After two years, two months and twenty days at the base of Mount Sinai, God tell his people (now including the Levites) to pack up shop because they’re moving. God is probably as bored as I am and needs a change of scenery. Good. Where to? Don’t know. I don’t think God knows, either, to be honest. And I doubt any of the Israelite men are asking for directions.

Published in: on February 20, 2011 at 10:36 pm  Leave a Comment  
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Numbers is as Boring as Actual Counting (Numbers 1-5)

It’s abundantly clear that Numbers is an apt title for the fourth book of Moses.

Numbers 1-4 detail the census that God commands Moses to undertake. He’s supposed to make a count of his people (which only includes males over the age of twenty since everyone else is of little significance). As it turns out, there are 603, 550 Israelites. Good to know. It would have been great if the Bible had just listed this grand total and moved on with the narrative. But no. It goes through all the different tribes. For example, “Of all the people of Benjamin, their generations, by their families, by their fathers’ houses, according to the number of names, from twenty years old  and upward, every man able to go forth to war: the number of the tribe of Benjamin was thirty-five thousand four hundred” (Num 1:38). There are pages like that. So boring. So very boring.

And then, Moses has to count the Levites. But this time God wants him to make a record of all the males, regardless of age. I don’t understand why the criteria changes but it does. There are 22, 000. I think he rounded up. In fact, after counting the Israelites he was probably too exhausted to really count and just eyeballed it.

And then, Moses has to count the Kohathites but only those that are males between the ages of thirty and fifty years of age. There are 2, 750.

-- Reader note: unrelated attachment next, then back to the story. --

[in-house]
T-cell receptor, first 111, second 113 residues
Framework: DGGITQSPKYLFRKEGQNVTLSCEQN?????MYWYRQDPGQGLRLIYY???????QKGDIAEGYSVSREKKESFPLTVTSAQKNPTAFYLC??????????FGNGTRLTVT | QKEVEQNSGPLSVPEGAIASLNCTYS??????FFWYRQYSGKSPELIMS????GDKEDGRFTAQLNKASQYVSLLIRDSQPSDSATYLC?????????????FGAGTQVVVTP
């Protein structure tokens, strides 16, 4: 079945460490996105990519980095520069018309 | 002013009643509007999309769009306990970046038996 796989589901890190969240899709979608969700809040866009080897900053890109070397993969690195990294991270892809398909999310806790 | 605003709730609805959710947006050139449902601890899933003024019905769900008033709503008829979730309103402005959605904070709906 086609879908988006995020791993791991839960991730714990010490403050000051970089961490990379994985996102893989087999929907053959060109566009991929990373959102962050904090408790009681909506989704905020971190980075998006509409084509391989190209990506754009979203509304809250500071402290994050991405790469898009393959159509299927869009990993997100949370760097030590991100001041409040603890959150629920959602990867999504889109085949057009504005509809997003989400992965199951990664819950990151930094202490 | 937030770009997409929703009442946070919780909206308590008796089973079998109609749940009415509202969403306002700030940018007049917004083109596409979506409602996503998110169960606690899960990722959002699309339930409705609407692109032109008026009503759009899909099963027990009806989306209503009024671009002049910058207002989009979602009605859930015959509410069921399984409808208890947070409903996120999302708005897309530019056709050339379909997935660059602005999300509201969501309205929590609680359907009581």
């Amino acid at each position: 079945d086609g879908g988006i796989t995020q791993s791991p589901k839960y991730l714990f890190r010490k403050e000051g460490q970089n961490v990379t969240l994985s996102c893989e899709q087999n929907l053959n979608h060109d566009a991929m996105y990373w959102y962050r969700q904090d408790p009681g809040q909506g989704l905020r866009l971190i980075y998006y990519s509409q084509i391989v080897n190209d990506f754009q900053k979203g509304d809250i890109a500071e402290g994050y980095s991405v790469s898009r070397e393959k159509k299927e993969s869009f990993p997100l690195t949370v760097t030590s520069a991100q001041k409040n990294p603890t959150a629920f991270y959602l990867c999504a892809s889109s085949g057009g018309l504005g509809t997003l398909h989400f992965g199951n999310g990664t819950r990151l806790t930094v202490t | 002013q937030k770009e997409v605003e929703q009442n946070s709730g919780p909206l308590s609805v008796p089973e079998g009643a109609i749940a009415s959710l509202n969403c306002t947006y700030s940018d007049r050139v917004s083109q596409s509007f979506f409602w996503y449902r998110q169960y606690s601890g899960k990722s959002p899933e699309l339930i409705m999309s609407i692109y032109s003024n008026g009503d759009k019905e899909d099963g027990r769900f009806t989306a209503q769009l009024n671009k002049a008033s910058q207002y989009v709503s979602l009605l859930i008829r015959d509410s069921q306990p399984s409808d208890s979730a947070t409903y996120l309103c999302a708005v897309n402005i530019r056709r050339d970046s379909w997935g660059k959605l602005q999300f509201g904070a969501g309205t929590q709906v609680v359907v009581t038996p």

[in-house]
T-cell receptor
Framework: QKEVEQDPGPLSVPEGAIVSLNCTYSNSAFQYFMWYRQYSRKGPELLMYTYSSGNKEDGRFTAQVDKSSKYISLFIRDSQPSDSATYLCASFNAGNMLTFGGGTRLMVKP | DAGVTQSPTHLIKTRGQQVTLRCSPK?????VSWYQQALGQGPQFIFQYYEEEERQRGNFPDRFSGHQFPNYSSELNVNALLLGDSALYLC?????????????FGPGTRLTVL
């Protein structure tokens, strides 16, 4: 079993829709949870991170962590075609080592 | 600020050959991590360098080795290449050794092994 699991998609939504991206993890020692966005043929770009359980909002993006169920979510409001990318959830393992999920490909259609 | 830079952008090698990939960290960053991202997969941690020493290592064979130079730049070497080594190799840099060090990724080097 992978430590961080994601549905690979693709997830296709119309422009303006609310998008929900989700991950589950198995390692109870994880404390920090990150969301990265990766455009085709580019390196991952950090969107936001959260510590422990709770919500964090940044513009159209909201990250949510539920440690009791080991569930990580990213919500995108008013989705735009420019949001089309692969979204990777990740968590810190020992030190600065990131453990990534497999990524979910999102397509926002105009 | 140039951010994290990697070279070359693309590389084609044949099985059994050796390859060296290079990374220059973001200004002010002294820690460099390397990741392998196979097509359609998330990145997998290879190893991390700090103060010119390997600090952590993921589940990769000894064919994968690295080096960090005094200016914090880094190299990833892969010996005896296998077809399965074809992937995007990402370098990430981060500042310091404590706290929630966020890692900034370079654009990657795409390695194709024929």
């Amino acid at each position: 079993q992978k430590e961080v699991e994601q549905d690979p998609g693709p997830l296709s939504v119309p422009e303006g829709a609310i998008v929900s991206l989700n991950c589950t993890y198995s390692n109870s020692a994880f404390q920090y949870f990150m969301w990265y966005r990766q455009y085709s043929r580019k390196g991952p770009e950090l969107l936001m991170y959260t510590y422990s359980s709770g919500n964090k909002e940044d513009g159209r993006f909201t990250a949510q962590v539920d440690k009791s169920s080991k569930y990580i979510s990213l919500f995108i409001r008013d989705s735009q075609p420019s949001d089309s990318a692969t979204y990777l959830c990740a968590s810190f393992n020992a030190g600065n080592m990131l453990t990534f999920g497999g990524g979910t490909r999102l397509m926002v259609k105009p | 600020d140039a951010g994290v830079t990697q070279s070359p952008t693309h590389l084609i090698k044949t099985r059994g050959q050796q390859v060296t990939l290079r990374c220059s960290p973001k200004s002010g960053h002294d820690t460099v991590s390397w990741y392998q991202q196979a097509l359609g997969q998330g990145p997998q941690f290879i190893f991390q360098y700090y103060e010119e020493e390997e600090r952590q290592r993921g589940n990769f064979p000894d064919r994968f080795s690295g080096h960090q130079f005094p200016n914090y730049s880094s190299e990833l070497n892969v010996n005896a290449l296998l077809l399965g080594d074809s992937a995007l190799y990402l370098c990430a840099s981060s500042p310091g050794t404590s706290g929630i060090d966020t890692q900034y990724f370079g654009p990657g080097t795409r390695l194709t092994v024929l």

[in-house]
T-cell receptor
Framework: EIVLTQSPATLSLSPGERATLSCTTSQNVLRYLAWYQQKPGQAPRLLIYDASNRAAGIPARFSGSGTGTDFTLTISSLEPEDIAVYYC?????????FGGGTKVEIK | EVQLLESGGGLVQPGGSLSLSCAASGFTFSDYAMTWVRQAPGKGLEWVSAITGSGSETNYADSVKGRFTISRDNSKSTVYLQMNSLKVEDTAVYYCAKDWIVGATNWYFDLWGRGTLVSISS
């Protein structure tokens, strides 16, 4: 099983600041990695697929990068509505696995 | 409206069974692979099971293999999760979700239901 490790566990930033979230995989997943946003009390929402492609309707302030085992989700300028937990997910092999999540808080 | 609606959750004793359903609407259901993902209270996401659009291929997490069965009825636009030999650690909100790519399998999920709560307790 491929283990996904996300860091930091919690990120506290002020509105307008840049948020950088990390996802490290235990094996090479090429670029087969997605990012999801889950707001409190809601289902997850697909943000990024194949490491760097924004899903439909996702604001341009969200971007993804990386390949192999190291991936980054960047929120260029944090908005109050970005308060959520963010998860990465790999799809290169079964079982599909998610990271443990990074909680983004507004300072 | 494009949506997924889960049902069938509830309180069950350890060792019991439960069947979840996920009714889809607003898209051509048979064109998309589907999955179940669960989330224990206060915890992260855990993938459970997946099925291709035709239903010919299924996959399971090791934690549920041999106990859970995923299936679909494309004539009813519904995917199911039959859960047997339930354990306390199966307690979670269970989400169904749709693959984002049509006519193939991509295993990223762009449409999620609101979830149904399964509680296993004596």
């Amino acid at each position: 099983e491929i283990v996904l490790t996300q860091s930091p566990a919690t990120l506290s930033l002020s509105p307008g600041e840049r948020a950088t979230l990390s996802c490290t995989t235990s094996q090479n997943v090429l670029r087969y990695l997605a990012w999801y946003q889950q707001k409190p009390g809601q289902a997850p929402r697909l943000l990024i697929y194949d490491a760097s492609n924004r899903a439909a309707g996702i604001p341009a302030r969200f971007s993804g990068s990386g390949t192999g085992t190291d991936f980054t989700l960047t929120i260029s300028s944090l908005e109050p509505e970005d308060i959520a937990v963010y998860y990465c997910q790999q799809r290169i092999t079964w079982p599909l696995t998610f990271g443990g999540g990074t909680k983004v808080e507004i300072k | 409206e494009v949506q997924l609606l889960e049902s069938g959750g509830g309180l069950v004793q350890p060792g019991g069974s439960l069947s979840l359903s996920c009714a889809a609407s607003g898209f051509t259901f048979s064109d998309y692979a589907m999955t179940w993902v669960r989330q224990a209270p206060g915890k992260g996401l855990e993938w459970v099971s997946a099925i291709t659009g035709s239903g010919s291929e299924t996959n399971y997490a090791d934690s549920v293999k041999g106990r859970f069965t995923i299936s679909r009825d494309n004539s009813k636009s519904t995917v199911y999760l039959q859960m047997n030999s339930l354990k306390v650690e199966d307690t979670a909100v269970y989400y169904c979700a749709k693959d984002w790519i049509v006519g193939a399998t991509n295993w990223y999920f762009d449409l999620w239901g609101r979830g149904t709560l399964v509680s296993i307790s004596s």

And then, Moses has to count the sons of Gershon, whoever that is. There are 2, 630.

And then, Moses has to count the sons of Merari. There are 3, 200.

Finally, in Numbers 5 something interesting comes up. What to do if you’re a jealous husband. If you’re a jealous husband then you can bring your wife to a priest for what could only be described as weird voodoo. To be clear, it doesn’t actually matter if your jealousy is substantiated or not. What happens is you drag your protesting wife to the priest’s and he makes her stand there and let her hair down (for dramatic effect). He gives her some cereal to hold in her hand (maybe oats) while he grabs the “water of bitterness that brings the curse” (Num 5:18). See? Voodoo. She listens to him recite the following: “…if you have defiled yourself, and some man other than your husband has lain with you, then… the Lord make you an execration… when the Lord makes your thigh fall away and your body swell; make this water that brings the curse pass into your bowels and make your body swell and your thigh fall away” (Num 5:20-22). The kicker is she has to repeat some of this with him (I wonder how enthusiastically). If she hasn’t cheated on her husband then nothing happens. I find it hard to believe that this would have been an effective means for smoking out cheating spouses unless the water of biterness contained a vicious and fast-acting strain of the flesh-eating disease.

Published in: on February 19, 2011 at 7:44 pm  Comments (2)